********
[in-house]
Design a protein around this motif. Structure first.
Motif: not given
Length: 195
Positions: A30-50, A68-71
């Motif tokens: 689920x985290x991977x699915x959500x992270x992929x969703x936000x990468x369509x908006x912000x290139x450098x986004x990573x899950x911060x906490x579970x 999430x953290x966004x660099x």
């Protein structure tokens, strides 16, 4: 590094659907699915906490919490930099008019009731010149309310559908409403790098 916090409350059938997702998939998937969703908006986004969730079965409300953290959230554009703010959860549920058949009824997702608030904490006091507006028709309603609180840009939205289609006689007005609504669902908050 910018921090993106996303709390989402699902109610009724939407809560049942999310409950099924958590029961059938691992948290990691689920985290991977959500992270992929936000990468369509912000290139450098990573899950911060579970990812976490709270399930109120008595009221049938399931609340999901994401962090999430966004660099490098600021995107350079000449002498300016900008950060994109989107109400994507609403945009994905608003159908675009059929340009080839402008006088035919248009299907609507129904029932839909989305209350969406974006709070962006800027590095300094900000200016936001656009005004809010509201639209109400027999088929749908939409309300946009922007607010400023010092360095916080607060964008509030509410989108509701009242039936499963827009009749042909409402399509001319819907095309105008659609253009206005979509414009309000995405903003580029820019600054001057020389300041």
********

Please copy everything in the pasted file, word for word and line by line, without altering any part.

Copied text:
[in-house]
Design a protein around this motif. Structure first.
Motif: not given
Length: 195
Positions: A30-50, A68-71
């Motif tokens: 689920x985290x991977x699915x959500x992270x992929x969703x936000x990468x369509x908006x912000x290139x450098x986004x990573x899950x911060x906490x579970x 999430x953290x966004x660099x």
């Protein structure tokens, strides 16, 4: 590094659907699915906490919490930099008019009731010149309310559908409403790098 916090409350059938997702998939998937969703908006986004969730079965409300953290959230554009703010959860549920058949009824997702608030904490006091507006028709309603609180840009939205289609006689007005609504669902908050 910018921090993106996303709390989402699902109610009724939407809560049942999310409950099924958590029961059938691992948290990691689920985290991977959500992270992929936000990468369509912000290139450098990573899950911060579970990812976490709270399930109120008595009221049938399931609340999901994401962090999430966004660099490098600021995107350079000449002498300016900008950060994109989107109400994507609403945009994905608003159908675009059929340009080839402008006088035919248009299907609507129904029932839909989305209350969406974006709070962006800027590095300094900000200016936001656009005004809010509201639209109400027999088929749908939409309300946009922007607010400023010092360095916080607060964008509030509410989108509701009242039936499963827009009749042909409402399509001319819907095309105008659609253009206005979509414009309000995405903003580029820019600054001057020389300041």